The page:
Why are so many crimes reportedly associated with OxyContin abuse?
Many reports of OxyContin abuse have occurred in rural areas that have housed labor-intensive industries, such as logging or coal mining. These industries are often located in economically depressed areas, as well. Therefore, people for whom the drug may have been legitimately prescribed may be tempted to sell their prescriptions for profit. Substance abuse treatment providers say that the addiction is so strong that people will go to great lengths to get the drug, including robbing pharmacies and writing false prescriptions.
What are the short-term effects?
The most serious risk associated with OxyContin is respiratory depression. Because of this, OxyContin should not be combined with other substances that slow down breathing, such as alcohol, antihistamines (like some cold or allergy medication), barbiturates, or benzodiazepines.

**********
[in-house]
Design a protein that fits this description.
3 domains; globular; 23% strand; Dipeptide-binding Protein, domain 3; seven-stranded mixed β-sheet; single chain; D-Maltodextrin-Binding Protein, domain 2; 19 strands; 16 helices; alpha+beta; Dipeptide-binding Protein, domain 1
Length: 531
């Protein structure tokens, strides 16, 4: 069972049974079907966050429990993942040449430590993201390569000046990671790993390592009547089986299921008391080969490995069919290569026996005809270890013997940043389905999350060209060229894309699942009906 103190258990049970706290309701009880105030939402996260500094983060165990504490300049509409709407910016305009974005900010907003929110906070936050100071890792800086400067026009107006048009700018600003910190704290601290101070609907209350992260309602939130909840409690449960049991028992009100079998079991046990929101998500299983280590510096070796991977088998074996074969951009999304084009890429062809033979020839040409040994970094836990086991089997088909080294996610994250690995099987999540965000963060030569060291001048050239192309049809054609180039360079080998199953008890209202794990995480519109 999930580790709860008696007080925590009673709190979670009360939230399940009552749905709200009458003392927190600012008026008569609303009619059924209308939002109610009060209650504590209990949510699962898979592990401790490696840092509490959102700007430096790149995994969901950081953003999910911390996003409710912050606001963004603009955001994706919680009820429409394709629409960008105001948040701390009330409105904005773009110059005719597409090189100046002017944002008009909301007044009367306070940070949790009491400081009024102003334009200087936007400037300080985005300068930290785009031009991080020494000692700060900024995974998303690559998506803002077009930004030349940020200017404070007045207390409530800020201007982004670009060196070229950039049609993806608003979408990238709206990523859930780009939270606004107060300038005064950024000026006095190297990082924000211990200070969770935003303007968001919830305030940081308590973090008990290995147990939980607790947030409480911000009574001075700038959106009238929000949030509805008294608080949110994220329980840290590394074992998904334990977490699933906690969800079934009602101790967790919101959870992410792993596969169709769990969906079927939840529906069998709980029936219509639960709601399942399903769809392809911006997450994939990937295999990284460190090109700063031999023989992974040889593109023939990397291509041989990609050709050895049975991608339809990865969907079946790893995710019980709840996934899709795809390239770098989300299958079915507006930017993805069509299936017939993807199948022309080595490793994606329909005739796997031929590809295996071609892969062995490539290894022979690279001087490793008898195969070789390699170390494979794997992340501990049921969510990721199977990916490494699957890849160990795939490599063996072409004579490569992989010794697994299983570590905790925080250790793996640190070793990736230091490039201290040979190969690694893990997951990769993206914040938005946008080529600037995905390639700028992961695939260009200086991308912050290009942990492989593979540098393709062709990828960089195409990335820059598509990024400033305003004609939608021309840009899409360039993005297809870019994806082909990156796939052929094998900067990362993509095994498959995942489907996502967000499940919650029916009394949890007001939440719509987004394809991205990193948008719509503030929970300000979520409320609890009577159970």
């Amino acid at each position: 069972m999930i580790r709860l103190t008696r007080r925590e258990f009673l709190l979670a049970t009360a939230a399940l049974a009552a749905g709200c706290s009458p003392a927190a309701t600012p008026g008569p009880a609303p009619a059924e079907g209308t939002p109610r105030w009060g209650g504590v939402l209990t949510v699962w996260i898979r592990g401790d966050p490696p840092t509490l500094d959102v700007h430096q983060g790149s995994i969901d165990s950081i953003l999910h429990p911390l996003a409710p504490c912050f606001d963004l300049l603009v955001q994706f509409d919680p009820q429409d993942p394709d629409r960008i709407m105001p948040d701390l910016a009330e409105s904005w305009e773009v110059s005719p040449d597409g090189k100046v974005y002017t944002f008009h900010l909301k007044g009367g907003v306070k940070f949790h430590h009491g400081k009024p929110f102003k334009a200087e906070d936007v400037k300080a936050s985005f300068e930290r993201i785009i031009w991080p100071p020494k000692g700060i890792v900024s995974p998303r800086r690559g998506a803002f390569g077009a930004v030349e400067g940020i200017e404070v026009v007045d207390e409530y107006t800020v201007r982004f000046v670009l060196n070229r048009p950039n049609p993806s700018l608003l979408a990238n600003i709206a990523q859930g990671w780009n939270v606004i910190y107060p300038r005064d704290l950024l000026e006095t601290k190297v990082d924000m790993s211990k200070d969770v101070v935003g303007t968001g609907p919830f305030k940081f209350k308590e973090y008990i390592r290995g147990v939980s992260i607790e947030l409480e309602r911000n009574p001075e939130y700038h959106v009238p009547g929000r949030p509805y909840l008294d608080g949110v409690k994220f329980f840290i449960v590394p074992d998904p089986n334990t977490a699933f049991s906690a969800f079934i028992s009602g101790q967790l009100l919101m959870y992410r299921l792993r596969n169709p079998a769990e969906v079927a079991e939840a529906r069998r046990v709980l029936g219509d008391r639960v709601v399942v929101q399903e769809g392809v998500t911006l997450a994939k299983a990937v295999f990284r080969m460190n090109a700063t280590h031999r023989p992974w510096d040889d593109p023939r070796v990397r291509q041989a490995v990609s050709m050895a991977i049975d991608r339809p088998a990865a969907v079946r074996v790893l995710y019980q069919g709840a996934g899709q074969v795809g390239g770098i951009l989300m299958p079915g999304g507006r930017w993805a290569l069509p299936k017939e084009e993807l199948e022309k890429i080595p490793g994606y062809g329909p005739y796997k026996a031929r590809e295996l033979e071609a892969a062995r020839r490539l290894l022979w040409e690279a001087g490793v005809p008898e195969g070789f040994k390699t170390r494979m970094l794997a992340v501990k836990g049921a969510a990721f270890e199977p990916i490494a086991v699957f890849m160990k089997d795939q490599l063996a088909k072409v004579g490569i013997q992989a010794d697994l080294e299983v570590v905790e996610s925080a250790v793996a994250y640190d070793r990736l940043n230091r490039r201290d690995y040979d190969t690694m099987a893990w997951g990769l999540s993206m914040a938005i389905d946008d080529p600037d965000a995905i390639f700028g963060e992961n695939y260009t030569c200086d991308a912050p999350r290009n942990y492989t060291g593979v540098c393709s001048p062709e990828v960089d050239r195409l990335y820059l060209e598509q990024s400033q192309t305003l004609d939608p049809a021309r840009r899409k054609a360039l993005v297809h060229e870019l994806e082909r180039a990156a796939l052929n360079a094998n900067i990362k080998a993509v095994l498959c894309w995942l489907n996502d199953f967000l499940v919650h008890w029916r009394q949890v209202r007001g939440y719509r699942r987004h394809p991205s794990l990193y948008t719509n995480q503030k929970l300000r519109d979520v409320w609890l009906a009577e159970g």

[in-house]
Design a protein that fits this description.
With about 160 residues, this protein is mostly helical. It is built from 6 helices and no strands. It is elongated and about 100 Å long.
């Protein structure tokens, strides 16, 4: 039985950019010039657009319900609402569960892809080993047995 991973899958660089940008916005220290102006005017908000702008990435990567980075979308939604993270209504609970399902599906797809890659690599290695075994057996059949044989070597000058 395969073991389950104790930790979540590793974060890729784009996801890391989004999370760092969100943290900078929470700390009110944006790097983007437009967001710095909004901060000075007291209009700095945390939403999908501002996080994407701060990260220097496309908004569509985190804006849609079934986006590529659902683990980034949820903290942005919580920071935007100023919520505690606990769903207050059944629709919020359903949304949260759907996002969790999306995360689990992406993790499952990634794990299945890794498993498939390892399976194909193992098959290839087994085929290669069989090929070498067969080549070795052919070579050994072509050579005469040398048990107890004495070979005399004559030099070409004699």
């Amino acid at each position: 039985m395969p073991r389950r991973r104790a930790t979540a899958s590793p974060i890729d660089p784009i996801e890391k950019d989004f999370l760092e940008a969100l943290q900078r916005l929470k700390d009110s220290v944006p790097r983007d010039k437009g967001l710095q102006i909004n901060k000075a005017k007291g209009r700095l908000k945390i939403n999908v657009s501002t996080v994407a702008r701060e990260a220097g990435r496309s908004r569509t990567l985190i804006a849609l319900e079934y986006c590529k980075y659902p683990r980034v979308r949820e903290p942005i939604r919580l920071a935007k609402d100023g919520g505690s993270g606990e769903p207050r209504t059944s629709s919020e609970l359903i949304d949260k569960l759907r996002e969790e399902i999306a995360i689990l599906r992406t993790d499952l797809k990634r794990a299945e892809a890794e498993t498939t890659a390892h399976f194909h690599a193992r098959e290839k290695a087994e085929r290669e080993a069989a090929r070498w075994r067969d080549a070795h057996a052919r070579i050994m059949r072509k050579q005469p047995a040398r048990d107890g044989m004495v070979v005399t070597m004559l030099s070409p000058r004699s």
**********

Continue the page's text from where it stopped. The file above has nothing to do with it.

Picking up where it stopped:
Other common side effects include constipation, nausea, sedation, dizziness, vomiting, headache, dry mouth, sweating, and weakness.

Toxic overdose and/or death can occur by taking the tablet broken, chewed, or crushed. People who abuse the drug (by removing the time-release coating) will experience effects for up to 5 hours. The high that is felt is opiate-like -- a sedate, euphoric feeling.
What are the long-term effects?
Using OxyContin chronically can result in increased tolerance to the drug in which higher doses of the medication must be taken to receive the initial effect. Over time, OxyContin will be come physically addictive, causing a person to experience withdrawal symptoms when the drug is not present. Symptoms of withdrawal include restlessness, muscle and bone pain, insomnia, diarrhea, vomiting, cold flashes with goose bumps, and involuntary leg movements.